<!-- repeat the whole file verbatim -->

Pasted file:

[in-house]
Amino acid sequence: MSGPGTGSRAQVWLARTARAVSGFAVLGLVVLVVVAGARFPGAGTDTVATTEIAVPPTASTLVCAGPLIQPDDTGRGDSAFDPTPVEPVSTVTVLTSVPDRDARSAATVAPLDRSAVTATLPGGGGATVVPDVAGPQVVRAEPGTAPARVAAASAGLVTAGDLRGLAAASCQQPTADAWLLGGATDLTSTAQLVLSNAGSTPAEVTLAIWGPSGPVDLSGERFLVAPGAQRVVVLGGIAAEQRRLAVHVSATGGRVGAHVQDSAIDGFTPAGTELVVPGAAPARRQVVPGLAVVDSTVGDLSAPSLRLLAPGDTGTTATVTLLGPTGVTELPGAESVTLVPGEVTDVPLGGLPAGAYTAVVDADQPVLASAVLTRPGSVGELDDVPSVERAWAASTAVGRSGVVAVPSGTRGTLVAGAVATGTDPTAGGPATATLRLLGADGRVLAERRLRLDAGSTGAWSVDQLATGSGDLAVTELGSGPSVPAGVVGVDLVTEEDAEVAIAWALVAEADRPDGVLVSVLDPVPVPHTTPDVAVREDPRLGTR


[in-house]
Amino acid sequence: MSGPGTGSRAQVWLARTARAVSGFAVLGLVVLVVVAGARFPGAGTDTVATTEIAVPPTASTLVCAGPLIQPDDTGRGDSAFDPTPVEPVSTVTVLTSVPDRDARSAATVAPLDRSAVTATLPGGGGATVVPDVAGPQVVRAEPGTAPARVAAASAGLVTAGDLRGLAAASCQQPTADAWLLGGATDLTSTAQLVLSNAGSTPAEVTLAIWGPSGPVDLSGERFLVAPGAQRVVVLGGIAAEQRRLAVHVSATGGRVGAHVQDSAIDGFTPAGTELVVPGAAPARRQVVPGLAVVDSTVGDLSAPSLRLLAPGDTGTTATVTLLGPTGVTELPGAESVTLVPGEVTDVPLGGLPAGAYTAVVDADQPVLASAVLTRPGSVGELDDVPSVERAWAASTAVGRSGVVAVPSGTRGTLVAGAVATGTDPTAGGPATATLRLLGADGRVLAERRLRLDAGSTGAWSVDQLATGSGDLAVTELGSGPSVPAGVVGVDLVTEEDAEVAIAWALVAEADRPDGVLVSVLDPVPVPHTTPDVAVREDPRLGTR